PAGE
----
In a notice posted on the official website of the Wugang city government, which includes Wenping, the authorities said that “since the lead poisoning incident our leaders have taken rapid and careful steps to help the public. But a handful of diehard Falun Gong practitioners from overseas have tried to influence the public with lies and rumours”.
Similarly, the authorities have issued a number of new rules as a stern warning to locals, including prohibiting people from gathering or "spreading rumours".
Yesterday villagers mocked the accusation, saying the authorities were using the charge as revenge against parents for protesting over the pollution scandal which started when medical tests showed high levels of lead blood poisoning in children living near the Wugang Manganese smelter.
Residents did complain about the pollution but had little success. Still the matter received national media coverage.
Currently residents said the area is under tight police controls and further protests are impossible.
More and more parents believe the authorities do not want to help their children. They are also increasingly afraid because the authorities are going after the organisers of last month’s protests.
“When I saw this notice [about the Falun Gong charges] I laughed till my stomach hurt,” a villager, Dai Zuoyi, said. “There have never been any Falun Gong followers in Wenping. This is clearly a reprisal attack against villagers.”
Dai’s five-year-old son has excessive levels of lead in his blood, a condition that can damage the nervous and reproductive systems and cause high blood pressure and memory loss. His brother-in-law Li Changye was among the parents detained this week; the latter’s six-year-old son also suffers from the same ailment.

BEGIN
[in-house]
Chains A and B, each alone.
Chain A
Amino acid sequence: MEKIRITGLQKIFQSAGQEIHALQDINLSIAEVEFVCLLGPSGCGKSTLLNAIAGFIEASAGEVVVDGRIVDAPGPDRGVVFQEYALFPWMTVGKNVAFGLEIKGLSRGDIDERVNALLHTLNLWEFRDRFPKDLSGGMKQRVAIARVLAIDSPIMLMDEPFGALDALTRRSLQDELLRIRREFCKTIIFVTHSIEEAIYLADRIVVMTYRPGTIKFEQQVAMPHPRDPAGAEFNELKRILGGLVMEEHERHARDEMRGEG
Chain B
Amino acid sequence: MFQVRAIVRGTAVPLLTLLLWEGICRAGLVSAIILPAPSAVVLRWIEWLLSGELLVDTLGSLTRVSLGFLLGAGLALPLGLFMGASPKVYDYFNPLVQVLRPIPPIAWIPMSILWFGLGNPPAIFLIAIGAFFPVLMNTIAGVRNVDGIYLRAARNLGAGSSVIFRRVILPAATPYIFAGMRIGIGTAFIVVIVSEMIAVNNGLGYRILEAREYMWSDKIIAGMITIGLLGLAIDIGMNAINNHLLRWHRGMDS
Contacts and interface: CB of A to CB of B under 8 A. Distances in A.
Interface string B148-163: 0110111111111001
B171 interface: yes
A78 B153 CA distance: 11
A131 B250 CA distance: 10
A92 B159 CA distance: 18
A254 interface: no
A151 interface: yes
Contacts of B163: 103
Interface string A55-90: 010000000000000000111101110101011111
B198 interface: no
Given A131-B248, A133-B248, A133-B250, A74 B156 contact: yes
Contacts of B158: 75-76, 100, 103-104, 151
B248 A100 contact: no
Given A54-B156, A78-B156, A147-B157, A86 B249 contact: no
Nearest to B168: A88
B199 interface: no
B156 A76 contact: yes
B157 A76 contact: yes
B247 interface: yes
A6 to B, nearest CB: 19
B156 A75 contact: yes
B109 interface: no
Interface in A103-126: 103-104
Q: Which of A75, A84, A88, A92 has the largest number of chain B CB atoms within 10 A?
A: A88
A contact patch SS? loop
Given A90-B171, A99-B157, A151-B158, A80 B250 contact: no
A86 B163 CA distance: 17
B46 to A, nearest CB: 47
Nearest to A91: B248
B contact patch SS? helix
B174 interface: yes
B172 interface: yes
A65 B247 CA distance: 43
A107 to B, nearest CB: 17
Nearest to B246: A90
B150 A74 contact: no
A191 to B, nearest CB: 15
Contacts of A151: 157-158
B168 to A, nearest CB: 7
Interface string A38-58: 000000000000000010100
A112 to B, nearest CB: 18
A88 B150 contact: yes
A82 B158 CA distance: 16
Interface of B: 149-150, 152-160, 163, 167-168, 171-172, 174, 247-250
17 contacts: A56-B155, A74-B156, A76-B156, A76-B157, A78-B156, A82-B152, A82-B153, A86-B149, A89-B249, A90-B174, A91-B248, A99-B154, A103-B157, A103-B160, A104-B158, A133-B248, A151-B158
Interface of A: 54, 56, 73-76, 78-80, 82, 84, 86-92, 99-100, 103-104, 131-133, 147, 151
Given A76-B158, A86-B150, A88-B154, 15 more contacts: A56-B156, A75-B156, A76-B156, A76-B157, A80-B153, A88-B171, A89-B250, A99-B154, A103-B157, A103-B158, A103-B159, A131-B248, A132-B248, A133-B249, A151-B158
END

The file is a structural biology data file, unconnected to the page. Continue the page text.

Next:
Yet local government officials have denied that any Wenping residents had been detained, except for likely “Falun Gong” members.
In the meantime residents of Quanzhou (Fujian) have scored a temporary victory with the closure of a water treatment plant in Fengwei.
On Monday a peaceful protest by more than 10,000 people turned violent when about 2,000 armed police clashed with the villagers for hours in order to force them to disperse.
Since then the authorities have not taken any steps against the protesters and have pulled police back from the area.
At present things are calm but tense. Tens of residents are guarding the plant; women have gongs to sound the alarm if it should start up again.
Locals blame the plant, which began operating in late 2007, for liver, lung and throat cancers. They believed that at least 5,000 people were directly affected by the pollution it generated and that another 80,000 residents in nearby villages have been put at risk.
The government has promised to treat cancer patients, also pledging to compensate farmers, who have seen their businesses ruined as their reputation suffered.
Residents are now waiting, insisting that the pollution is clearly evident and that the government must provide a reasonable explanation. At the same time though, they are concerned because the authorities in cooperation with leading world oil companies is planning to build new oil refineries and chemical plants in the area.